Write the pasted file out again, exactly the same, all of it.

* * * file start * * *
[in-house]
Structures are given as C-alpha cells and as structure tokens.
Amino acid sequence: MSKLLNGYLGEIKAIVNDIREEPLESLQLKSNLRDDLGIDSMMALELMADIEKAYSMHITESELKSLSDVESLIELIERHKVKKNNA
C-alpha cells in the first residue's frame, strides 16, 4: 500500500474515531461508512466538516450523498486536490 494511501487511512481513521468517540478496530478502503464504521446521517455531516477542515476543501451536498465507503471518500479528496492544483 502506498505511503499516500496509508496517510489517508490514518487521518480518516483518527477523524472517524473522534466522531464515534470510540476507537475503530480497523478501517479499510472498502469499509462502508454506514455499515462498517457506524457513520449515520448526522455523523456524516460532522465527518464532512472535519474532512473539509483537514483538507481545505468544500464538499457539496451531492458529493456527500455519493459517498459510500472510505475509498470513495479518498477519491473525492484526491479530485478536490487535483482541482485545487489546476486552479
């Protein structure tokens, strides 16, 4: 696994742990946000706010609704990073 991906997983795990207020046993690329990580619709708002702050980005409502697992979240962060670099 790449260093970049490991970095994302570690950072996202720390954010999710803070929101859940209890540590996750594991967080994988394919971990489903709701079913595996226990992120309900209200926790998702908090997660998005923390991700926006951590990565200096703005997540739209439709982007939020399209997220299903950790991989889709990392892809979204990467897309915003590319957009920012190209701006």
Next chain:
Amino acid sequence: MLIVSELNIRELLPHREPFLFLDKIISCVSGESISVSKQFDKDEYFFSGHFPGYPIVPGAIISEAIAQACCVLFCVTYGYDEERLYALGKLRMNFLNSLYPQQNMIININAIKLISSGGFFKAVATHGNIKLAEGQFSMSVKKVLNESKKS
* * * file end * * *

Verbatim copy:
[in-house]
Structures are given as C-alpha cells and as structure tokens.
Amino acid sequence: MSKLLNGYLGEIKAIVNDIREEPLESLQLKSNLRDDLGIDSMMALELMADIEKAYSMHITESELKSLSDVESLIELIERHKVKKNNA
C-alpha cells in the first residue's frame, strides 16, 4: 500500500474515531461508512466538516450523498486536490 494511501487511512481513521468517540478496530478502503464504521446521517455531516477542515476543501451536498465507503471518500479528496492544483 502506498505511503499516500496509508496517510489517508490514518487521518480518516483518527477523524472517524473522534466522531464515534470510540476507537475503530480497523478501517479499510472498502469499509462502508454506514455499515462498517457506524457513520449515520448526522455523523456524516460532522465527518464532512472535519474532512473539509483537514483538507481545505468544500464538499457539496451531492458529493456527500455519493459517498459510500472510505475509498470513495479518498477519491473525492484526491479530485478536490487535483482541482485545487489546476486552479
């Protein structure tokens, strides 16, 4: 696994742990946000706010609704990073 991906997983795990207020046993690329990580619709708002702050980005409502697992979240962060670099 790449260093970049490991970095994302570690950072996202720390954010999710803070929101859940209890540590996750594991967080994988394919971990489903709701079913595996226990992120309900209200926790998702908090997660998005923390991700926006951590990565200096703005997540739209439709982007939020399209997220299903950790991989889709990392892809979204990467897309915003590319957009920012190209701006």
Next chain:
Amino acid sequence: MLIVSELNIRELLPHREPFLFLDKIISCVSGESISVSKQFDKDEYFFSGHFPGYPIVPGAIISEAIAQACCVLFCVTYGYDEERLYALGKLRMNFLNSLYPQQNMIININAIKLISSGGFFKAVATHGNIKLAEGQFSMSVKKVLNESKKS